South Korea, Japan want U.S. to exempt them from Iran oil sanctions

February 1, 2012 - 15:59
TOKYO/SEOUL (Reuters) - South Korea and Japan will soon meet U.S. officials in Washington to ask how much oil they can import from Iran under new sanctions that leave the Asian nations with few alternative sources for energy, government officials said Wednesday.
Japan is the world's third biggest oil consumer, and South Korea is the fifth largest.
Both nations import significant amounts of crude from Iran, which they are under pressure to cut back to secure a waiver from a U.S. law imposing sanctions on financial institutions that trade with Iran's central bank.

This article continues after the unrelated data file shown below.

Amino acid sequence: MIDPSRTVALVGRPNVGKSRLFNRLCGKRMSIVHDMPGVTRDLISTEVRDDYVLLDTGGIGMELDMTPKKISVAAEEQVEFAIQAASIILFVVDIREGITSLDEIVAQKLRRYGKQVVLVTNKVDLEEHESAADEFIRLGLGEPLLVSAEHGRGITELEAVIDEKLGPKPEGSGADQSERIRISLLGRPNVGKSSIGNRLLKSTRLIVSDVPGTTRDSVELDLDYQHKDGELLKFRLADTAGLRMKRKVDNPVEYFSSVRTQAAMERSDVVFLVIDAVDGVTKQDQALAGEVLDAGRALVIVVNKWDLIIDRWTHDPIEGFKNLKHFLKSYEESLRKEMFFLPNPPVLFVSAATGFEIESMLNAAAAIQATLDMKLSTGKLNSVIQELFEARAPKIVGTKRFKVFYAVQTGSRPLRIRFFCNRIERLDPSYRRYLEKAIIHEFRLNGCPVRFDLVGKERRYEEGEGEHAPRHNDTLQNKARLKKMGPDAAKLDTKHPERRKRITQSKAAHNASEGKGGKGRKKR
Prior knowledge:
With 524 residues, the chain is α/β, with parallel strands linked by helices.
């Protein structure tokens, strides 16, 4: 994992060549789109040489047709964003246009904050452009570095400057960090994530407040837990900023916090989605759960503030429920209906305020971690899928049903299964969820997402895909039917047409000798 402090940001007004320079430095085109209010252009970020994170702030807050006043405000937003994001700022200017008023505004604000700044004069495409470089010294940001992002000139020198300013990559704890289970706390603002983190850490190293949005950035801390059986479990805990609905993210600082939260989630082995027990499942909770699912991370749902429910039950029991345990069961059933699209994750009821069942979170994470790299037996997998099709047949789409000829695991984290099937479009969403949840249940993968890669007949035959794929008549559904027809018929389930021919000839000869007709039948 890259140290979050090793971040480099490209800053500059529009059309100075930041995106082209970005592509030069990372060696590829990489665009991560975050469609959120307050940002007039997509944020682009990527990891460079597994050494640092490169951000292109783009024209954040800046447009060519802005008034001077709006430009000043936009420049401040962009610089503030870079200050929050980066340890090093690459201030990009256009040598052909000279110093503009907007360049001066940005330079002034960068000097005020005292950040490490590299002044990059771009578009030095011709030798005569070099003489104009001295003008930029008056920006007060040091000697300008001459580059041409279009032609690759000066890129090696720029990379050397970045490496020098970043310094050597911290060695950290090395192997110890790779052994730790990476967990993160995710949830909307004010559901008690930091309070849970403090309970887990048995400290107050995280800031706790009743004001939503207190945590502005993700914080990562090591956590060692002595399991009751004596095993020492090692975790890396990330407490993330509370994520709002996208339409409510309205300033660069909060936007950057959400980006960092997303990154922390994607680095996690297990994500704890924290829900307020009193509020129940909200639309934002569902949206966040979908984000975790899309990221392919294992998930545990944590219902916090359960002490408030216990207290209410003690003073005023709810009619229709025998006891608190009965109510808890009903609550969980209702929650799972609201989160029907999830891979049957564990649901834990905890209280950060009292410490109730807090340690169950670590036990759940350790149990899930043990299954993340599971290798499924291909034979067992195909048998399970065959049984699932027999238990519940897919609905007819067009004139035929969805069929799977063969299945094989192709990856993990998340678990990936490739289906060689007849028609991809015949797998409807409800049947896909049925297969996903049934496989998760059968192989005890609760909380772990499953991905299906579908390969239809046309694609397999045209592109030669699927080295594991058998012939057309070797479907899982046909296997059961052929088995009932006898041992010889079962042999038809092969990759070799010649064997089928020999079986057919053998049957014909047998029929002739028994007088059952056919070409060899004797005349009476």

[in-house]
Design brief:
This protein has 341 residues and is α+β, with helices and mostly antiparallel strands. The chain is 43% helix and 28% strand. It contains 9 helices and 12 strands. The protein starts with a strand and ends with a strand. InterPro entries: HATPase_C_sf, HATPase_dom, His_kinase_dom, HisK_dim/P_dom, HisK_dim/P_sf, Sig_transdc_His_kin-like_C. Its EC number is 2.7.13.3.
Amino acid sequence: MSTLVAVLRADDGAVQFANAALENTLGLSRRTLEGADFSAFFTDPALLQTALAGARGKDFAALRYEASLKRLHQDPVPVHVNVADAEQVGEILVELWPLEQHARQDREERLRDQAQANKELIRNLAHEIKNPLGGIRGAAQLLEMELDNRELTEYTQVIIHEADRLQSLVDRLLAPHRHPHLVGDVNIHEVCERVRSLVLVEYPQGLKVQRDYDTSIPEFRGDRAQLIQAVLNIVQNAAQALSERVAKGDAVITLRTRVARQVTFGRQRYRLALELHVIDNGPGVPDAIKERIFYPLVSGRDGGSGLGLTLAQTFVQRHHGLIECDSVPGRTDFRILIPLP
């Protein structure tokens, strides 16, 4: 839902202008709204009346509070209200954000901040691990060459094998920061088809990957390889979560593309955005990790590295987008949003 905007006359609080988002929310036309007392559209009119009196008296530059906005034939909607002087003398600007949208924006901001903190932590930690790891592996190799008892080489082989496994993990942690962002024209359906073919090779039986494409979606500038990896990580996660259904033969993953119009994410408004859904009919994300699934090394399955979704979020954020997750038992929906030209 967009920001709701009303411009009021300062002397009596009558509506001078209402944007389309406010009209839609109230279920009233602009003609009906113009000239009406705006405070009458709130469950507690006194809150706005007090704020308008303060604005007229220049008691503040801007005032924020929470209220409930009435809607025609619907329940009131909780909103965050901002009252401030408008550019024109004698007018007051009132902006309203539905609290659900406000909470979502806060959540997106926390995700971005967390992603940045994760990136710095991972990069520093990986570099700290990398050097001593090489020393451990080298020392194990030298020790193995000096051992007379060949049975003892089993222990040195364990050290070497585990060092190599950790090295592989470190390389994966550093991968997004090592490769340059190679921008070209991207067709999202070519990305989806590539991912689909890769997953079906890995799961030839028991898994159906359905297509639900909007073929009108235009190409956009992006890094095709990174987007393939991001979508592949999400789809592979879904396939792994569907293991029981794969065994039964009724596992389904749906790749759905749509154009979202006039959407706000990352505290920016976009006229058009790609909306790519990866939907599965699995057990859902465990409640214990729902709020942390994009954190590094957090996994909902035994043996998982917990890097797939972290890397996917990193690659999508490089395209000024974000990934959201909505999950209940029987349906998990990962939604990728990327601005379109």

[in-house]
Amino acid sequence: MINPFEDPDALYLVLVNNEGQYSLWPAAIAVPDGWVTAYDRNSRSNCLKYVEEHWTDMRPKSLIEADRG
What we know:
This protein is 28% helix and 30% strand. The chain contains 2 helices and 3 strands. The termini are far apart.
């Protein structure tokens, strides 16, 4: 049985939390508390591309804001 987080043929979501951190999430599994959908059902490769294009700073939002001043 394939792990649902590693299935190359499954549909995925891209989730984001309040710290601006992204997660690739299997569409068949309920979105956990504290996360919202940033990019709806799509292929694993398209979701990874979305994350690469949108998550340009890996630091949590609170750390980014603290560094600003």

Japan's foreign ministry said a delegation was due to hold talks in Washington Thursday as part of ongoing consultations and would seek clarity on the law, which is part of a raft of sanctions aimed at reining in Iran's nuclear ambitions.
"We don't know what the Americans want until we hold the meeting," a government official said.
The official said Japan would explain the nature of its trade with Iran, as well as ask the United States to exempt Japanese banks from sanctions. No concrete steps are expected to be agreed upon, he added.
South Korea's foreign ministry said a technical team was planning to visit the United States to discuss the Iranian sanctions, but would not give details about the trip.
South Korea, a key U.S. ally, has warned the United States it would have difficulty replacing Iranian crude supplies.